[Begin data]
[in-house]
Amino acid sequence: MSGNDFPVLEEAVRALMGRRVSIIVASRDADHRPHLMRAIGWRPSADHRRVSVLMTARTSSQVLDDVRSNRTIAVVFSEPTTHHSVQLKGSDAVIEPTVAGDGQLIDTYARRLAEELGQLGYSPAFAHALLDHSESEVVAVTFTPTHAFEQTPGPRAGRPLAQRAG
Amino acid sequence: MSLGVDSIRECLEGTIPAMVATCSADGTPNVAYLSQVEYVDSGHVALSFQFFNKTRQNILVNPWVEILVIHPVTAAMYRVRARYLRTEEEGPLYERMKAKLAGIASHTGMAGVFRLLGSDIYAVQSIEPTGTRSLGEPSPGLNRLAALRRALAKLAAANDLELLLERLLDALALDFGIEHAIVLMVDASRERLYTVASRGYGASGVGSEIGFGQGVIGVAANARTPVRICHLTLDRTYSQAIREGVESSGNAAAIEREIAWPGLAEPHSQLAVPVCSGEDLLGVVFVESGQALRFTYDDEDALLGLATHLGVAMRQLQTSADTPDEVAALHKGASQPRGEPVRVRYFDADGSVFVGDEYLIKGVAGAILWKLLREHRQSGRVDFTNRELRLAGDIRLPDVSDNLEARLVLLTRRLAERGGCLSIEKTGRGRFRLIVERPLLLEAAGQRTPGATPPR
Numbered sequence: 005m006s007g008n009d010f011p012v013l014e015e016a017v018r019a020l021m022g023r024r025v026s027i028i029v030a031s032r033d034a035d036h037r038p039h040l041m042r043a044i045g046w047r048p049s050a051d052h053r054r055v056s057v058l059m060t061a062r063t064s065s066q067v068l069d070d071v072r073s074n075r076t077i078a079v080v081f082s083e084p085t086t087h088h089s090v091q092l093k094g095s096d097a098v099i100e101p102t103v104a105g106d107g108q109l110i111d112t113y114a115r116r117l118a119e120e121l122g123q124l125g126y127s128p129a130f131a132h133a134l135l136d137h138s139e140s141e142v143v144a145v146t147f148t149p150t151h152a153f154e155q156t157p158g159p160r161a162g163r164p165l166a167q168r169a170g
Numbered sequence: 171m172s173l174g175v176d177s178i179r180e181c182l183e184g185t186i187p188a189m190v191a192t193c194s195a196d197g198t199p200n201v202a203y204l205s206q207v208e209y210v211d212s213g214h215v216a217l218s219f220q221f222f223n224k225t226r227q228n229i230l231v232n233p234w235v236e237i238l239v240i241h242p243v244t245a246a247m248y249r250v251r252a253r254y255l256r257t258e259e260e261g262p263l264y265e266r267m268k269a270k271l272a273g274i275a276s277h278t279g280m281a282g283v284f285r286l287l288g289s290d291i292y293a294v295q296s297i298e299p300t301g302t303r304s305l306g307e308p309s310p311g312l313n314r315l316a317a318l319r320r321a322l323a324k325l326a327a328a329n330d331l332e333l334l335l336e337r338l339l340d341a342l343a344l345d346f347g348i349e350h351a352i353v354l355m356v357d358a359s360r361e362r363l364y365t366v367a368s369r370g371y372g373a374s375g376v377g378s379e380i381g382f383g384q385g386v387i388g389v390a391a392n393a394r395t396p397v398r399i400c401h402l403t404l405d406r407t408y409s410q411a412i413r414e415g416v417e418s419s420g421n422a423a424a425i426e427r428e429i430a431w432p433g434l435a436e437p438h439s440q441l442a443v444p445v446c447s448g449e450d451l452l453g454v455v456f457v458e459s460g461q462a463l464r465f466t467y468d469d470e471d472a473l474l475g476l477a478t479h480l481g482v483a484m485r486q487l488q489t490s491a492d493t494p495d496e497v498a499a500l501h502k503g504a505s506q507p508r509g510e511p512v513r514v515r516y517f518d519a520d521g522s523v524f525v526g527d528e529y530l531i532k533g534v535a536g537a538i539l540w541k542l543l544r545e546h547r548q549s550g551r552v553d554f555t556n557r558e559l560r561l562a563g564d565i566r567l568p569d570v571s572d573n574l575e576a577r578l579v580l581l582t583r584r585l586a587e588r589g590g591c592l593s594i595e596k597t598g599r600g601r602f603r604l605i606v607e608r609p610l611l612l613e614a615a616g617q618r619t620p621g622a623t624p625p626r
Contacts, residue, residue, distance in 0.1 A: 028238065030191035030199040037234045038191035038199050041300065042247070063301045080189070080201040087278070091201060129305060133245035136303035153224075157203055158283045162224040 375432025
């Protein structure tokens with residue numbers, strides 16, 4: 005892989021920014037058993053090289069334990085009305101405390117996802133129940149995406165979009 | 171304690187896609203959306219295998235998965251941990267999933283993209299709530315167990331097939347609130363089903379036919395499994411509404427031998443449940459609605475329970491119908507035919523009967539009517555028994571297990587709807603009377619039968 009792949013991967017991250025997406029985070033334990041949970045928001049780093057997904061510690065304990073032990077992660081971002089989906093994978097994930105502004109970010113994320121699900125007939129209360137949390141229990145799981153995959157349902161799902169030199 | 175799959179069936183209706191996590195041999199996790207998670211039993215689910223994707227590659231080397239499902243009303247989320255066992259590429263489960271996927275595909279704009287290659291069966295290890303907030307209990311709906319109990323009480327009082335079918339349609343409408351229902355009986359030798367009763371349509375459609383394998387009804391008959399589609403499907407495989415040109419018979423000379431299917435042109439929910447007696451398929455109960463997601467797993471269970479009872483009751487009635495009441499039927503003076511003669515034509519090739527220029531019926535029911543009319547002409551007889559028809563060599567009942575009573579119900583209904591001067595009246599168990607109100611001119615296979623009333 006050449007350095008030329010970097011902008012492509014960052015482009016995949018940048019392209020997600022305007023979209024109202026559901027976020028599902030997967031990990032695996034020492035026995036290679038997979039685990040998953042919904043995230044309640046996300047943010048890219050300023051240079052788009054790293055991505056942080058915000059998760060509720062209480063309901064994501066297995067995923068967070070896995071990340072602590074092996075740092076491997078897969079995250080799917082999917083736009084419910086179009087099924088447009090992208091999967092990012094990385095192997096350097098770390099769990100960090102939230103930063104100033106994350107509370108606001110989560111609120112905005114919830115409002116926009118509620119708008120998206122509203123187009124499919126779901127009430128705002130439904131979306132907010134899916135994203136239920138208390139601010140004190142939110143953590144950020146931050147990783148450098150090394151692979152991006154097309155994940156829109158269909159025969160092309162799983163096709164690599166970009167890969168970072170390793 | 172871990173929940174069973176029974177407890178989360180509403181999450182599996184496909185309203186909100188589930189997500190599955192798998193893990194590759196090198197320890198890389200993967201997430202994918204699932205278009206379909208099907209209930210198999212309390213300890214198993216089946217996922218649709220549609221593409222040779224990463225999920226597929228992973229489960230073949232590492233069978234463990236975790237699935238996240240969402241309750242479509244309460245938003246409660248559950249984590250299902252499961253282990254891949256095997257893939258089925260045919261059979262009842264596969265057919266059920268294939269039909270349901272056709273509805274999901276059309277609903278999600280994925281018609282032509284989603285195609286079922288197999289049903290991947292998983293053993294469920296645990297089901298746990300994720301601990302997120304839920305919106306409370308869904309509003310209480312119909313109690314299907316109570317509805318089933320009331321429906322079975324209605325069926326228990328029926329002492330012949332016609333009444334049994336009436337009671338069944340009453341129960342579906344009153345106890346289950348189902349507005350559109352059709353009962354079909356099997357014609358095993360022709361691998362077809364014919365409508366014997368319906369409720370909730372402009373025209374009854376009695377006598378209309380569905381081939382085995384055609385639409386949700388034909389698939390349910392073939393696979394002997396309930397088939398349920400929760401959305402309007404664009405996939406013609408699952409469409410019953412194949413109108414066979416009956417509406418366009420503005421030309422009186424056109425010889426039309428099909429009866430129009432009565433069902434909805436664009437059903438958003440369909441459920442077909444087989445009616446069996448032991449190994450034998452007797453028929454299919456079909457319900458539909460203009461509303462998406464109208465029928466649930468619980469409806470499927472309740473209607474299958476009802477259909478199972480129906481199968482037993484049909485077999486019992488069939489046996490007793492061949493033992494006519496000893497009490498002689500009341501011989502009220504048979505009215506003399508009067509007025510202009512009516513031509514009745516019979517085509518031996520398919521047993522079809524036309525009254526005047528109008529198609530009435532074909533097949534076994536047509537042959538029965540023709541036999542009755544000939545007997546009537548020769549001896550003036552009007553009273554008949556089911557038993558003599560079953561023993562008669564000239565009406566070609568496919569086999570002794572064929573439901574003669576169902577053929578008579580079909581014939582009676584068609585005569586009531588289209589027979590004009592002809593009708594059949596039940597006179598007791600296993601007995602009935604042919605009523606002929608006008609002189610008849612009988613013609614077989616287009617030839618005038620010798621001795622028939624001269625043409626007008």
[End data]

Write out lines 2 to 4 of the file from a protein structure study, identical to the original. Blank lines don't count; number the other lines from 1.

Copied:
Amino acid sequence: MSGNDFPVLEEAVRALMGRRVSIIVASRDADHRPHLMRAIGWRPSADHRRVSVLMTARTSSQVLDDVRSNRTIAVVFSEPTTHHSVQLKGSDAVIEPTVAGDGQLIDTYARRLAEELGQLGYSPAFAHALLDHSESEVVAVTFTPTHAFEQTPGPRAGRPLAQRAG
Amino acid sequence: MSLGVDSIRECLEGTIPAMVATCSADGTPNVAYLSQVEYVDSGHVALSFQFFNKTRQNILVNPWVEILVIHPVTAAMYRVRARYLRTEEEGPLYERMKAKLAGIASHTGMAGVFRLLGSDIYAVQSIEPTGTRSLGEPSPGLNRLAALRRALAKLAAANDLELLLERLLDALALDFGIEHAIVLMVDASRERLYTVASRGYGASGVGSEIGFGQGVIGVAANARTPVRICHLTLDRTYSQAIREGVESSGNAAAIEREIAWPGLAEPHSQLAVPVCSGEDLLGVVFVESGQALRFTYDDEDALLGLATHLGVAMRQLQTSADTPDEVAALHKGASQPRGEPVRVRYFDADGSVFVGDEYLIKGVAGAILWKLLREHRQSGRVDFTNRELRLAGDIRLPDVSDNLEARLVLLTRRLAERGGCLSIEKTGRGRFRLIVERPLLLEAAGQRTPGATPPR
Numbered sequence: 005m006s007g008n009d010f011p012v013l014e015e016a017v018r019a020l021m022g023r024r025v026s027i028i029v030a031s032r033d034a035d036h037r038p039h040l041m042r043a044i045g046w047r048p049s050a051d052h053r054r055v056s057v058l059m060t061a062r063t064s065s066q067v068l069d070d071v072r073s074n075r076t077i078a079v080v081f082s083e084p085t086t087h088h089s090v091q092l093k094g095s096d097a098v099i100e101p102t103v104a105g106d107g108q109l110i111d112t113y114a115r116r117l118a119e120e121l122g123q124l125g126y127s128p129a130f131a132h133a134l135l136d137h138s139e140s141e142v143v144a145v146t147f148t149p150t151h152a153f154e155q156t157p158g159p160r161a162g163r164p165l166a167q168r169a170g